Estimated occurrence4:1,000,000 inhabitants.
CauseDefect on the SLC17A5-gene on chromosome 6. The disease is inherited autosomal recessively. The transport of sialic acid from the lysosomes of the cells does not function as it should. Sialic acid thus accumulates in the cells and a greater amount is excreted in the urine. The disease implies that the myelin sheaths around the axons in the brain develop poorly. This probably causes impulses to propagate more slowly along the axon and results in neurological and motor symptoms.
General symptomsSymtoms appear during the first year of infancy as delayed motor development and low muscle tone (hypotonia). The children have difficulty in coordinating movement and maintaining balance (ataxia), and some present involuntary movements (athetosis) and/or intense reflexes in the legs (spasticity). Most individuals with Salla disease have severe intellectual disability. Some have epileptic seizures during adolescence, usually in the form of absence seizures. Spasticity in the legs and arms increases with age, motor activity deteriorates and some lose the ability to walk.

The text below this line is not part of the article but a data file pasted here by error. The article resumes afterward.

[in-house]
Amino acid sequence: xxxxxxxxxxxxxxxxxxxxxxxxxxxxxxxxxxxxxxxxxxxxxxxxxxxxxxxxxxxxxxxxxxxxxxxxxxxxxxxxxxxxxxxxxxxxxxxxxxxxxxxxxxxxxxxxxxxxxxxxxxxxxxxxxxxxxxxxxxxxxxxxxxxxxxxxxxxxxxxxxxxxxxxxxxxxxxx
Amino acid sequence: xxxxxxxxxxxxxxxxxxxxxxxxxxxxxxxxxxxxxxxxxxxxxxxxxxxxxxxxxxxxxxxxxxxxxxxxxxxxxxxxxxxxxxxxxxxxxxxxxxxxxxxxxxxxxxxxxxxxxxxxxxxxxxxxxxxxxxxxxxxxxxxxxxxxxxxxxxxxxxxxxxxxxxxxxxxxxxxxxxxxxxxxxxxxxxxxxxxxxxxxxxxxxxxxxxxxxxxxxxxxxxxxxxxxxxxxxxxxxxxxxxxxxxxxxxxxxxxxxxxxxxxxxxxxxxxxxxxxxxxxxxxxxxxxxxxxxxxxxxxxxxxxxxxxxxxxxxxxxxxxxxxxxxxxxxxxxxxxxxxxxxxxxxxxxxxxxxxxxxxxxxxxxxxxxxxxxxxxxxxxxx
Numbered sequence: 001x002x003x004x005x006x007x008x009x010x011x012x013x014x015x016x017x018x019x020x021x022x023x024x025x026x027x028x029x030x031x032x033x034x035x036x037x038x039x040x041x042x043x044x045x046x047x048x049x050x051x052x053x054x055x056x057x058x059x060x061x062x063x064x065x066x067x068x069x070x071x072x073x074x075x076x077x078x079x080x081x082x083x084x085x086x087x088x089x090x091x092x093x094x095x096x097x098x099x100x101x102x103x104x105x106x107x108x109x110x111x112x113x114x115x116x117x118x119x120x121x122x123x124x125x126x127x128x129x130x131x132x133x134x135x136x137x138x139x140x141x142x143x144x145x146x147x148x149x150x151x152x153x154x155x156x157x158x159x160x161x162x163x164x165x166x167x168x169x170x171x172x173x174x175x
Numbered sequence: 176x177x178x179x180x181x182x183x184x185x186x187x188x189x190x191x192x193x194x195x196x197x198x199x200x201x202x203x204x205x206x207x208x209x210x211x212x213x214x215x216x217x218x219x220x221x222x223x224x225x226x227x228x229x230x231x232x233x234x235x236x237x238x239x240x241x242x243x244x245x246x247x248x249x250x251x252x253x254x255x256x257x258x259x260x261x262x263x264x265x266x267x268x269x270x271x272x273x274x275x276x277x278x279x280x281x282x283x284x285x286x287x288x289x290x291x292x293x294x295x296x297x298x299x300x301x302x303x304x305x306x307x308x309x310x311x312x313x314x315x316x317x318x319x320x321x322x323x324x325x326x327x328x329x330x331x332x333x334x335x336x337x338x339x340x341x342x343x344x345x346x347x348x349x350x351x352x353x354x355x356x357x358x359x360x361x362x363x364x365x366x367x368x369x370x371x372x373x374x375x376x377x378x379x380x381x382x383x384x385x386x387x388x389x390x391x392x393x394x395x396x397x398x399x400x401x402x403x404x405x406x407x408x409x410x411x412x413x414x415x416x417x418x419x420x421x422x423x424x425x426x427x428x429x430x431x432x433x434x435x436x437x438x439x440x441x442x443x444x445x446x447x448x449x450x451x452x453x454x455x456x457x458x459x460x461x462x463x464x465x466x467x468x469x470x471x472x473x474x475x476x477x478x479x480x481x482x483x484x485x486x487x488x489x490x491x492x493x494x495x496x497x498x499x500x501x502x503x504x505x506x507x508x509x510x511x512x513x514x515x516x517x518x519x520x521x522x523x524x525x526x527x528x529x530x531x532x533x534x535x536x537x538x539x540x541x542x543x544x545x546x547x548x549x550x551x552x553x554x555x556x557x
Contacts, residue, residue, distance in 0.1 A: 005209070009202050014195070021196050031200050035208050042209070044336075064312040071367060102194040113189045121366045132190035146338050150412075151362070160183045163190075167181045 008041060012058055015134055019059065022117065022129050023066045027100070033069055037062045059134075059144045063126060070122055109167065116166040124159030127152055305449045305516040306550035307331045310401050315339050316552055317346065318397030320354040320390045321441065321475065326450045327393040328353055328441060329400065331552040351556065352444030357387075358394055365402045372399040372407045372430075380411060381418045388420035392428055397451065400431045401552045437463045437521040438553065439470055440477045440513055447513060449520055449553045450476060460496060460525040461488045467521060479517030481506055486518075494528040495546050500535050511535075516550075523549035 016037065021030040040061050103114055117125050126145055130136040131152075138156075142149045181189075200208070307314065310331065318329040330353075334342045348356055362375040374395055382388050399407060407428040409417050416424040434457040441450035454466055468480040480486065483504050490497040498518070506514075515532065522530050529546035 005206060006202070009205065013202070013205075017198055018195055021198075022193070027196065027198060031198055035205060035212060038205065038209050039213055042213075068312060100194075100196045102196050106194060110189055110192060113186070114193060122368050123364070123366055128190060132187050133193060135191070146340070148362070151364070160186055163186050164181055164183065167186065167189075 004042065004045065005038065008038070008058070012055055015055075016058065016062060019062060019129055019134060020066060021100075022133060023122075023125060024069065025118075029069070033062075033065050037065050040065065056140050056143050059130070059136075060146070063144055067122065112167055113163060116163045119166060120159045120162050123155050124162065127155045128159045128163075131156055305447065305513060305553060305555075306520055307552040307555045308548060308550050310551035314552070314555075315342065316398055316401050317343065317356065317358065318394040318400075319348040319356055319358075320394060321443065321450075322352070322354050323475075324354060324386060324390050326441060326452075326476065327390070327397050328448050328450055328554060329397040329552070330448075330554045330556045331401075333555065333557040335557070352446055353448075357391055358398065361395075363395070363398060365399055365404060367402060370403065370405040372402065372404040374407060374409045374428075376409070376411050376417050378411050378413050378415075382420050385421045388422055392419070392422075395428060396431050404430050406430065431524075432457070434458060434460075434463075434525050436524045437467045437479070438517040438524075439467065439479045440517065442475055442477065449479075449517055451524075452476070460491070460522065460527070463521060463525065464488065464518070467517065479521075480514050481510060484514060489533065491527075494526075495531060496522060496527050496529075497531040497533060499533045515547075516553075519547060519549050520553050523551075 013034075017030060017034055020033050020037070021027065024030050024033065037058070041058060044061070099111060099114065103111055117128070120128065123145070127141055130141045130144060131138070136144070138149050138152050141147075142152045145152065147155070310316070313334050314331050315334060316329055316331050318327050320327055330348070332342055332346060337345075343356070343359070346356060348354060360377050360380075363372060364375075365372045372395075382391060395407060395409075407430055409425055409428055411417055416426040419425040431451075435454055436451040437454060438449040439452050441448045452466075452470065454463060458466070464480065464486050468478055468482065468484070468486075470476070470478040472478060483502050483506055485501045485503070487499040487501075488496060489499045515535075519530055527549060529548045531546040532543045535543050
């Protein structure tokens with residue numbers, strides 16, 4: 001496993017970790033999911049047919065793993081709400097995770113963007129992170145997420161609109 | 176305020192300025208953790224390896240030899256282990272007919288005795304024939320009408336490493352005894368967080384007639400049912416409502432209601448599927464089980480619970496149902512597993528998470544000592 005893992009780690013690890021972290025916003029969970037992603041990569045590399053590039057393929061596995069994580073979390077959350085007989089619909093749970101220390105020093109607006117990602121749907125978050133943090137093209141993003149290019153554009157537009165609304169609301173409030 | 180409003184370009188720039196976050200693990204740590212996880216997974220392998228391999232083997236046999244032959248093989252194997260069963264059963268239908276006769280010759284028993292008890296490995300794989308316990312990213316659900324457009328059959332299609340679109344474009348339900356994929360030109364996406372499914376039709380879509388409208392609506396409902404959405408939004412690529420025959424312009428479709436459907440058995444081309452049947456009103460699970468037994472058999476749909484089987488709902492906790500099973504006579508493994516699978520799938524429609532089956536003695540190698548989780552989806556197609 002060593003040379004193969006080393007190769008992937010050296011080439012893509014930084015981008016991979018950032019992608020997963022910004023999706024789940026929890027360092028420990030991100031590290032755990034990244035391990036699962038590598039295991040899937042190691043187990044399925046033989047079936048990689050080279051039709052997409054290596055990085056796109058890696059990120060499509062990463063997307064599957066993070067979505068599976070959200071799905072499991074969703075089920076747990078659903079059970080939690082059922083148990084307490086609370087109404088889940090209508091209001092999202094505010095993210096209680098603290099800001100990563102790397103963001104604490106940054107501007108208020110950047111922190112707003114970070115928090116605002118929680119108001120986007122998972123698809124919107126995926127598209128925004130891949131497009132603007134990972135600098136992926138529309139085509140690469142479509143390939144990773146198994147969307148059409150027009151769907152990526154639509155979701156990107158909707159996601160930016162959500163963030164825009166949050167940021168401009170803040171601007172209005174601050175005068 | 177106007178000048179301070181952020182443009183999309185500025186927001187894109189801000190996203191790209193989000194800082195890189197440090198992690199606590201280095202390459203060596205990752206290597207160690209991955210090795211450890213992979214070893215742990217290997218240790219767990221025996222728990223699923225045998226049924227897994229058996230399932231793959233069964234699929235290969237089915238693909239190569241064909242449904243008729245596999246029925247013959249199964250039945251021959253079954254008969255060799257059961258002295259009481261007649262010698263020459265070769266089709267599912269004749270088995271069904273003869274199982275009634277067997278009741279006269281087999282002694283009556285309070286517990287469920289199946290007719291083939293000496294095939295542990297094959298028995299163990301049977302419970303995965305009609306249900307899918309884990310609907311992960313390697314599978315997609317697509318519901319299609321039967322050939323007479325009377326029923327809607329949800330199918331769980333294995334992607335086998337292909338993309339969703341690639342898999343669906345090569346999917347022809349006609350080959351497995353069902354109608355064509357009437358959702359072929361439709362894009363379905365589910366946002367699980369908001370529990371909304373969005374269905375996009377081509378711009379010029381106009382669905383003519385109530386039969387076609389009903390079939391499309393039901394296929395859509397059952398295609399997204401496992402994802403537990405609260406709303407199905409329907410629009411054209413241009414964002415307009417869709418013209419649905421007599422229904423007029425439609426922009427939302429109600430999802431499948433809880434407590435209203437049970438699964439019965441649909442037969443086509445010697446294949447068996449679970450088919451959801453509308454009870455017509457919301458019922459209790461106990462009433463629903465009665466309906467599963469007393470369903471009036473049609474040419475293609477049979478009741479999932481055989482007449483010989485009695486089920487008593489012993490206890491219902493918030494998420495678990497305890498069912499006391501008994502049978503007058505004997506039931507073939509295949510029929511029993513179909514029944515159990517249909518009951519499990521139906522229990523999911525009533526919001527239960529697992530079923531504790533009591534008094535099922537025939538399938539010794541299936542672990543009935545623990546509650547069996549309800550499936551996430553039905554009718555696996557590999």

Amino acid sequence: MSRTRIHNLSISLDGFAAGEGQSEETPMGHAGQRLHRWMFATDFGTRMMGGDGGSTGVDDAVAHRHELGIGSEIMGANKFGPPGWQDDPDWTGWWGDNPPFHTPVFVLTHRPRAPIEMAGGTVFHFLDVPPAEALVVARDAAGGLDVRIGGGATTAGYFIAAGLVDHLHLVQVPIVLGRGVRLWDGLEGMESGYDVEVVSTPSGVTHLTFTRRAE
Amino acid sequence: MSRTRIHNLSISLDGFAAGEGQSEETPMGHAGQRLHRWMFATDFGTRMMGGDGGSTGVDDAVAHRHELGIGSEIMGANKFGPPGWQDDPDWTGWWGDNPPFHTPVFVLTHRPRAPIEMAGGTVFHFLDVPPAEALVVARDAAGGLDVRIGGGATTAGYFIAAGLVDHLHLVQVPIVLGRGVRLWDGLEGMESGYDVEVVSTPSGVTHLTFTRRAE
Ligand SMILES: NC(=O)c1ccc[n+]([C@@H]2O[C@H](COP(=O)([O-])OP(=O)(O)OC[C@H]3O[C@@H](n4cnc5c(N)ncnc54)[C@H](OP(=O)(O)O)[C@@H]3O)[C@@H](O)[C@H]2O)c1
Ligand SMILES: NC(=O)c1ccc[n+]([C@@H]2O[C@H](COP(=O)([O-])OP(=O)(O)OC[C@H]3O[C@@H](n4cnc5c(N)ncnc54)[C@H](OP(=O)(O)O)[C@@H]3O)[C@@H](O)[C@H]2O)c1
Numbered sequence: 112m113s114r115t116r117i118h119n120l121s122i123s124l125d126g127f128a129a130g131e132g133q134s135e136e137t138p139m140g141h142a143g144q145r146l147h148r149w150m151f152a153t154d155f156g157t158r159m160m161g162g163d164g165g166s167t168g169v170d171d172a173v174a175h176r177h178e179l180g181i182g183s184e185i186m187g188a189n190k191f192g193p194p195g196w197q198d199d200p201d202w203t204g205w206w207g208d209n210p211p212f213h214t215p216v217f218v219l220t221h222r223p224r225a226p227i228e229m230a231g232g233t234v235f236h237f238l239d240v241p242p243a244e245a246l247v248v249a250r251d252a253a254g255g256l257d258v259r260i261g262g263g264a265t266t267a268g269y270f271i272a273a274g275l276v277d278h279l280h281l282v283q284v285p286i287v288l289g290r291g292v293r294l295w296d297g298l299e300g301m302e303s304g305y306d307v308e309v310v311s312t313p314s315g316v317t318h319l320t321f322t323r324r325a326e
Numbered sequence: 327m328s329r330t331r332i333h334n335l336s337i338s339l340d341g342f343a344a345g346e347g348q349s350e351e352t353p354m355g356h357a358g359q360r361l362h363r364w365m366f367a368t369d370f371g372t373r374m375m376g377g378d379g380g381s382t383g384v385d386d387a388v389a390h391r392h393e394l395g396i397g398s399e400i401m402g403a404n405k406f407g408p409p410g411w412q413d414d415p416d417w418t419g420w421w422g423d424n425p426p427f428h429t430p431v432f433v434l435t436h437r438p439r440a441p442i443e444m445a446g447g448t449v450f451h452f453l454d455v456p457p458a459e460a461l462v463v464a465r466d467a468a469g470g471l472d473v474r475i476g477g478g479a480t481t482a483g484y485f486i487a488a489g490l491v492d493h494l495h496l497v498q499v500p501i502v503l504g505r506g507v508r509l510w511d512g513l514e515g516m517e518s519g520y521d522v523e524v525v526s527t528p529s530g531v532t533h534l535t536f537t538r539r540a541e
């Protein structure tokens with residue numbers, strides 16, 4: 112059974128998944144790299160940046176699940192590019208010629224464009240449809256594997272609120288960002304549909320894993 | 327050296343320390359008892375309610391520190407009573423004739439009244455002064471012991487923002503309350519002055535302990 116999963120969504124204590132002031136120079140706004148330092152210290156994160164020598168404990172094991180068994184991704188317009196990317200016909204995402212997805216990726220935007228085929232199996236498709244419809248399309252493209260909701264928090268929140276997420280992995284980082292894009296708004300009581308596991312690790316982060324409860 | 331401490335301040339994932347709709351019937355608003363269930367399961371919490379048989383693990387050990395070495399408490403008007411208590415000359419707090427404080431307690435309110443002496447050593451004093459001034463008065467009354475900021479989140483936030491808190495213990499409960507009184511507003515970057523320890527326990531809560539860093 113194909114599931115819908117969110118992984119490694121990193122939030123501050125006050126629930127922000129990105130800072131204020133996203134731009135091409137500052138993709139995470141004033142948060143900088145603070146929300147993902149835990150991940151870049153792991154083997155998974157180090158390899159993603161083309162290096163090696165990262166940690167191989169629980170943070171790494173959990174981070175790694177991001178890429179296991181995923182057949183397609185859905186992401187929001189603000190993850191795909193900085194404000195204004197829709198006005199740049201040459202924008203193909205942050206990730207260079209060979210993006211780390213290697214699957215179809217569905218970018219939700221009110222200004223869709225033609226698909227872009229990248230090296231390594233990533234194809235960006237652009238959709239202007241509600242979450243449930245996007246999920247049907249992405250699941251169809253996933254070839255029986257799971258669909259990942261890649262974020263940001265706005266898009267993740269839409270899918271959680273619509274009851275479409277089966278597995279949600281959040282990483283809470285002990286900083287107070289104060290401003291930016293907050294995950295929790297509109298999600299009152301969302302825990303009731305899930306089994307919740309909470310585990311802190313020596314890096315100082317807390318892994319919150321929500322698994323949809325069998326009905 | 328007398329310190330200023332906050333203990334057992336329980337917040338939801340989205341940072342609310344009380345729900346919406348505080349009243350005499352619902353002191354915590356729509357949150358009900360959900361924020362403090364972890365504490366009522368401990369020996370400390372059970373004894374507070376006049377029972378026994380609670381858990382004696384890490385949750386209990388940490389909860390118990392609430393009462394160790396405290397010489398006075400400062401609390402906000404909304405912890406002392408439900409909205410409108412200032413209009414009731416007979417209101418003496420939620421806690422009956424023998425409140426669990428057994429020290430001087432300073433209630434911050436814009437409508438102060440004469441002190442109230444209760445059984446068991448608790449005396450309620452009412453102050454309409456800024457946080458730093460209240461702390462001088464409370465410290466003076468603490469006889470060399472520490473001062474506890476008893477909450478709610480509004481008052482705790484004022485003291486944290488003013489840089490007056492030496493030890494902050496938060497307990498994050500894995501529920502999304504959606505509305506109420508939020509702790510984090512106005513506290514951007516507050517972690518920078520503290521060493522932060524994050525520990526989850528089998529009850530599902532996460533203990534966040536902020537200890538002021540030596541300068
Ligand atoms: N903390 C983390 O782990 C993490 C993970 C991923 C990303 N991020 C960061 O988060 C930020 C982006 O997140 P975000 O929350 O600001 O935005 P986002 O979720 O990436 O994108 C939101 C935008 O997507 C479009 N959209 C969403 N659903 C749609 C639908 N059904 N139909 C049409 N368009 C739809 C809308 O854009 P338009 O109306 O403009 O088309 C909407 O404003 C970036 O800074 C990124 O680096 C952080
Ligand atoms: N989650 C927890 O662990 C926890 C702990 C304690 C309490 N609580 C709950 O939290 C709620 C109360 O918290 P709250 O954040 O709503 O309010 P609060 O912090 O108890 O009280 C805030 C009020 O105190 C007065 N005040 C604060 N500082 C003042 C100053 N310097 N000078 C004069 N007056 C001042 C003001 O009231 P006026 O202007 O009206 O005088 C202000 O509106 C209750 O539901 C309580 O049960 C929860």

SynonymsSialic acid storage disorder, SIASD, Sialuria Finnish type
Orofacial/odontological symptomsNeurological impairment affects oral motor and speech development and difficulties with eating and drooling are common. Frontal open bite is a frequent finding.
Advice on follow-up and treatment
- Early contact with dental services for intensified prophylactic care and oral hygiene information is essential.
- Regular check-ups of dental and jaw development. Orthodontist should be consulted when needed.
- Speech, language and communication training are often required.
- Training in oral motor skills and extra stimulation in cases of eating disorders, speech difficulties and drooling may be relevant.
Updated: 2019-11-12 15:00